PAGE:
As home prices continue to escalate, the less-affluent folks are considering other options. Will the imbalance catch up with us eventually? If so, when?
Hat tip to daytrip for sending this in:
Jonas Peterson enjoyed the California lifestyle and trips to the beach while living in Valencia with his wife, a nurse, and their two young kids. But in 2013, he answered a call to head the Las Vegas Global Economic Alliance, and the family moved to Henderson, Nev.
“We doubled the size of our house and lowered our mortgage payment,” said Peterson, whose wife is focusing on the kids now instead of her career.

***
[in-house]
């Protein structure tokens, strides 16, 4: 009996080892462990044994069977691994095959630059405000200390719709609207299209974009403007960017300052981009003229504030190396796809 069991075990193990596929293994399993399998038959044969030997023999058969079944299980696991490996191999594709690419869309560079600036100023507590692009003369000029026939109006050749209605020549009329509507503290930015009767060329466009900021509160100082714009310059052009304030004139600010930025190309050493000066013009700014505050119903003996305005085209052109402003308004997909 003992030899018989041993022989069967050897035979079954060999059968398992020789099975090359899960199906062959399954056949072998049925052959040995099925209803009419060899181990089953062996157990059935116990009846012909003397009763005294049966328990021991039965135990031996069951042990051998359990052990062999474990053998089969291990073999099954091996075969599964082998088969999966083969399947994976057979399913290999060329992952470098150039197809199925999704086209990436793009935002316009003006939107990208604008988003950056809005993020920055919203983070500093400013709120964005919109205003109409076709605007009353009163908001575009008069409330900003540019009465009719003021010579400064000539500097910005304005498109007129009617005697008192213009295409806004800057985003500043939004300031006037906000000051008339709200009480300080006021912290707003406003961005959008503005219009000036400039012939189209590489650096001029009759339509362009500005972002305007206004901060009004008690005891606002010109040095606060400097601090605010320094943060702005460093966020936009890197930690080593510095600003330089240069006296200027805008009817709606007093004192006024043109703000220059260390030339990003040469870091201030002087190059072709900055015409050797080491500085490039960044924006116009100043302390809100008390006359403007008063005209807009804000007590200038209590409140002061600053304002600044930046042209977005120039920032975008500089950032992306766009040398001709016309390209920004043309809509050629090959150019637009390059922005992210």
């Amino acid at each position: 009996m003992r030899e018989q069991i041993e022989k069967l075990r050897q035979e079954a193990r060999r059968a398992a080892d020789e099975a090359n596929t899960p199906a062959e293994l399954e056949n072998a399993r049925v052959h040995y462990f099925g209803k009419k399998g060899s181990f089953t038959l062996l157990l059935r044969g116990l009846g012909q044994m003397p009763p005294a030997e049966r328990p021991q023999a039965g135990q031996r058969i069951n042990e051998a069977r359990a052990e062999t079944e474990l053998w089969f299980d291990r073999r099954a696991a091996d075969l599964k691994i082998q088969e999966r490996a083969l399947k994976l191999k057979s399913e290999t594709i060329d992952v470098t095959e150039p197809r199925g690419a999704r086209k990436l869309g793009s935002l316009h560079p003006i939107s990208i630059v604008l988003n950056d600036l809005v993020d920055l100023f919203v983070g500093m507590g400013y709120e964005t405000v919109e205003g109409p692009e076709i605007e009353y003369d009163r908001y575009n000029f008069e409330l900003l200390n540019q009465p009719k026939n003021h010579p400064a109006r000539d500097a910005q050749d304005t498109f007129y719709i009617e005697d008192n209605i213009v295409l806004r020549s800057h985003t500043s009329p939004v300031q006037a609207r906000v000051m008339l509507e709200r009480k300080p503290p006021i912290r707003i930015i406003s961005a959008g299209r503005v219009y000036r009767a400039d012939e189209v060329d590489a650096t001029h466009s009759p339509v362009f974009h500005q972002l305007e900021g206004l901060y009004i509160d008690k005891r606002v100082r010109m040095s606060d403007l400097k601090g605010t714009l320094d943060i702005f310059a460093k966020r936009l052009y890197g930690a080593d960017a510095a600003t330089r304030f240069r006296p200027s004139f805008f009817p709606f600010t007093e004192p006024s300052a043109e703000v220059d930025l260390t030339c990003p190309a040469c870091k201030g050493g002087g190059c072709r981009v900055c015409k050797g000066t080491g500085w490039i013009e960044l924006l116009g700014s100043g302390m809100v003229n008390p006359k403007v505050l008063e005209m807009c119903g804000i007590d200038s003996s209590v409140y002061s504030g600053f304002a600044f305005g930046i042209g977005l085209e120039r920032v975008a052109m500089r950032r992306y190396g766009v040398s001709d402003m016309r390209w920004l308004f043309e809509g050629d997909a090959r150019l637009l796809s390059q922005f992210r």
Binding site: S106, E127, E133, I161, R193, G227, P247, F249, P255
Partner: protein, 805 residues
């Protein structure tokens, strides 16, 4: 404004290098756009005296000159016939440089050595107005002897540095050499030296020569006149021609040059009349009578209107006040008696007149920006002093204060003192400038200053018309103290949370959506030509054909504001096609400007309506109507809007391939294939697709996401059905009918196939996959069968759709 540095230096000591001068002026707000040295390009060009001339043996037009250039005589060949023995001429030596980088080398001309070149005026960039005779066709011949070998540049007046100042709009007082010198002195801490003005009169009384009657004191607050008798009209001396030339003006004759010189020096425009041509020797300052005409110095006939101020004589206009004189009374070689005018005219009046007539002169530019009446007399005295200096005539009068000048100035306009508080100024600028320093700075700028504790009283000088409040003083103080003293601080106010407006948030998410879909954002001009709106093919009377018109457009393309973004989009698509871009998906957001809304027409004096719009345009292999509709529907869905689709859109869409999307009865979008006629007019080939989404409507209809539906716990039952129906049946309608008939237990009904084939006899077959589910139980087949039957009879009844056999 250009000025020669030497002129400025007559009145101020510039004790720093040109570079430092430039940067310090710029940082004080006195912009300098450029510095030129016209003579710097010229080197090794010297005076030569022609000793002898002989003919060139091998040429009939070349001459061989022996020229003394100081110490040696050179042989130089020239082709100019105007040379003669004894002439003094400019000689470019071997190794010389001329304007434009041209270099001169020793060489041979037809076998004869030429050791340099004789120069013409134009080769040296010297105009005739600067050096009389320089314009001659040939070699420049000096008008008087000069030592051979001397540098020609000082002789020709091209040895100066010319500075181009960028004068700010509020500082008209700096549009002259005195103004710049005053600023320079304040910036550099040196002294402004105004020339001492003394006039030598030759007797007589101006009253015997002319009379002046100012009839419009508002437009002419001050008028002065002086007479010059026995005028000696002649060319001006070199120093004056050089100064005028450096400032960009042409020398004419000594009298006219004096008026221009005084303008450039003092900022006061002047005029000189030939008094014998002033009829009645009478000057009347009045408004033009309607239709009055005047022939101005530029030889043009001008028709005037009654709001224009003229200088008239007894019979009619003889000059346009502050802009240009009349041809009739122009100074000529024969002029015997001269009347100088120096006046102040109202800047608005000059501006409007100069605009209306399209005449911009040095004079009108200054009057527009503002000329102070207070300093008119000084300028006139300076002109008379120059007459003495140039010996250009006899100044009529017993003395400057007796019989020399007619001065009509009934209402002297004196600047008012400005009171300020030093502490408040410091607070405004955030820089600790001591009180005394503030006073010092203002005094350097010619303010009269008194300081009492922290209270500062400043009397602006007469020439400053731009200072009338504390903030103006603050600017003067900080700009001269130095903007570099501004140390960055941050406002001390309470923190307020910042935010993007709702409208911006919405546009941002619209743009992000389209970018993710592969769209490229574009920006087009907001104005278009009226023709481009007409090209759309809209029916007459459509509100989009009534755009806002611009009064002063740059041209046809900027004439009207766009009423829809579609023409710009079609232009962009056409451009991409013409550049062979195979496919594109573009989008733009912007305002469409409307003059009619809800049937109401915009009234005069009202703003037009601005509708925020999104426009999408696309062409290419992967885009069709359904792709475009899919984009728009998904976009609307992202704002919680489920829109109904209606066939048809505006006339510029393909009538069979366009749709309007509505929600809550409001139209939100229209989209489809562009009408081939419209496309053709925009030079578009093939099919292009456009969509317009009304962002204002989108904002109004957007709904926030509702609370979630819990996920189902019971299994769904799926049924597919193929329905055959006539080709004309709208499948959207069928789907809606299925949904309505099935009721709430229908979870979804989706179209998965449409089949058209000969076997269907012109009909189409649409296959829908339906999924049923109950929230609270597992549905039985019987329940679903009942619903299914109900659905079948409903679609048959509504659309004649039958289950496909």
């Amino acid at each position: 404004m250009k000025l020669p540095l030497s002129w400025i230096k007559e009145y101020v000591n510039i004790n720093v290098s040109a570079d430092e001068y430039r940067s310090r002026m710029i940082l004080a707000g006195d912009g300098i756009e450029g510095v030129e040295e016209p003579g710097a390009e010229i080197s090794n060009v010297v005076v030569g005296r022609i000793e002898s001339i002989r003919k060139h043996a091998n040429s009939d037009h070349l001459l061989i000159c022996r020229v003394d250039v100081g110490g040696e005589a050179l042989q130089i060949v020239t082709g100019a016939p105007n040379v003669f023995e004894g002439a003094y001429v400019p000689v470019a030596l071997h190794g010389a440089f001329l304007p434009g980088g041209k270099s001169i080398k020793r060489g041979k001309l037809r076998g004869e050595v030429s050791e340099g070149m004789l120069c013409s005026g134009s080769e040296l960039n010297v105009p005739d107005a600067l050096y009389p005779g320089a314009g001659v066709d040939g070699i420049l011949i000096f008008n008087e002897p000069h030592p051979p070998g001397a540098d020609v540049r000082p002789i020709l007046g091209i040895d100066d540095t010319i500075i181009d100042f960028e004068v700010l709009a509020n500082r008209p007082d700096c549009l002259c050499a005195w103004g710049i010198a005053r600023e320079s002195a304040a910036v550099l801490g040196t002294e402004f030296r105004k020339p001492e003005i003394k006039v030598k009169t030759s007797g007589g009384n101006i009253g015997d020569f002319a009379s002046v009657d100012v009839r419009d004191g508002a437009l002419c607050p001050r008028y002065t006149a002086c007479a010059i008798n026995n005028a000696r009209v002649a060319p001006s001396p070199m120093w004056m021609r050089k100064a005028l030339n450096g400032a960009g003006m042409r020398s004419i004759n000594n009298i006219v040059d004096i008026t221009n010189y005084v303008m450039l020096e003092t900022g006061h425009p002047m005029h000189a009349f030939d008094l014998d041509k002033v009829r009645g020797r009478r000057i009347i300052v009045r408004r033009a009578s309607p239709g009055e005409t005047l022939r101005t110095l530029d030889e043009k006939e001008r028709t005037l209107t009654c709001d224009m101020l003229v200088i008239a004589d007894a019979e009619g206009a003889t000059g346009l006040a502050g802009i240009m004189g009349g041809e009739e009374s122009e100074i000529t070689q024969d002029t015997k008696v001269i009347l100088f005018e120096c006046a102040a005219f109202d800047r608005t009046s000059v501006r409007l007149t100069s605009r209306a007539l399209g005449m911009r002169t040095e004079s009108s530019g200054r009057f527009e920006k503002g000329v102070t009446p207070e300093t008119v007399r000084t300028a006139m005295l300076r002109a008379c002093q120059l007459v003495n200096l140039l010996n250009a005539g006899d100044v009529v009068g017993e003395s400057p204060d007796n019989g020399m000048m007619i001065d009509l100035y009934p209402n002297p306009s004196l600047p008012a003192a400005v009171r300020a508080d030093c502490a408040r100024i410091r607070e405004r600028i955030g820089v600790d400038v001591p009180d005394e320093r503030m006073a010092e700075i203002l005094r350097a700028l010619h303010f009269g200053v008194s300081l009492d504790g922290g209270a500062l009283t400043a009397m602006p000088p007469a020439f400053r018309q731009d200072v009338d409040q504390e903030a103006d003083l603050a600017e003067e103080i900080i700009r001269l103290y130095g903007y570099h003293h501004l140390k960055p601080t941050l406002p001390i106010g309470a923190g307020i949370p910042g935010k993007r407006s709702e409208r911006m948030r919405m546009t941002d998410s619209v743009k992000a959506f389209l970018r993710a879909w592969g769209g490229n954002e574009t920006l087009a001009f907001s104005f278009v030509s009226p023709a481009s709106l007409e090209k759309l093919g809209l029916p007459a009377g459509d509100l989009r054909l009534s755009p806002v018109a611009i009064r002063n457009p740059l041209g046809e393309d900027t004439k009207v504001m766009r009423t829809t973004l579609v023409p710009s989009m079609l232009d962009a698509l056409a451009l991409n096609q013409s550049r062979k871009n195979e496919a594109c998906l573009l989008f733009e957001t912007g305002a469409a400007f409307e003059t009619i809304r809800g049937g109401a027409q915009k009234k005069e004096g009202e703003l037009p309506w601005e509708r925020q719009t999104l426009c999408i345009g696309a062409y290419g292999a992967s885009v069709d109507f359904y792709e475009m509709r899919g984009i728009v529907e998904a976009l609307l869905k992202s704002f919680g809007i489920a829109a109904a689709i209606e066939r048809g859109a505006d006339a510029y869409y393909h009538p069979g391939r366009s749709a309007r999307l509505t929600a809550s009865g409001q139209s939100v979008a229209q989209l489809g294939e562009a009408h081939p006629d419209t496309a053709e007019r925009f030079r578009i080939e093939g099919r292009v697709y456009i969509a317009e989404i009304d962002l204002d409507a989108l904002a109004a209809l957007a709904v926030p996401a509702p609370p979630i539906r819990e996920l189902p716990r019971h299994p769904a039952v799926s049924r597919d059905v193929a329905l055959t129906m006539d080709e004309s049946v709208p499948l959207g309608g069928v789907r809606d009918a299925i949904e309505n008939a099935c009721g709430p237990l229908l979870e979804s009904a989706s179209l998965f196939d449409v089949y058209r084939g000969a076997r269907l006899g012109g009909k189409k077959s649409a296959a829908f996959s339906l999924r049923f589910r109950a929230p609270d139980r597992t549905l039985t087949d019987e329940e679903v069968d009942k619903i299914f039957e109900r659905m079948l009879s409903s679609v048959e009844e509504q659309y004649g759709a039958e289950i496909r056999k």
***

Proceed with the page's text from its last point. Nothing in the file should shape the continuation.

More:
Part of Peterson’s job is to lure companies to Nevada, a state that runs on gaming money rather than tax dollars.
“There’s no corporate income tax, no personal income tax…and the regulatory environment is much easier to work with,” said Peterson.
Some companies have made the move from California, and others have set up satellites in Nevada. California, a world economic power, will survive the raids, and it will continue to draw people from other states and around the world. Its assets include cutting-edge tech and entertainment industries, major ports, great weather and dozens of first-rate universities.
But the Golden State is tarnished and ever-more divided by a crisis with no end in sight, and this year’s legislative efforts to spawn more housing for working people lacked urgency and scale. Slowly, steadily, and somewhat indifferently, we are burdening, breaking and even exporting our middle class.
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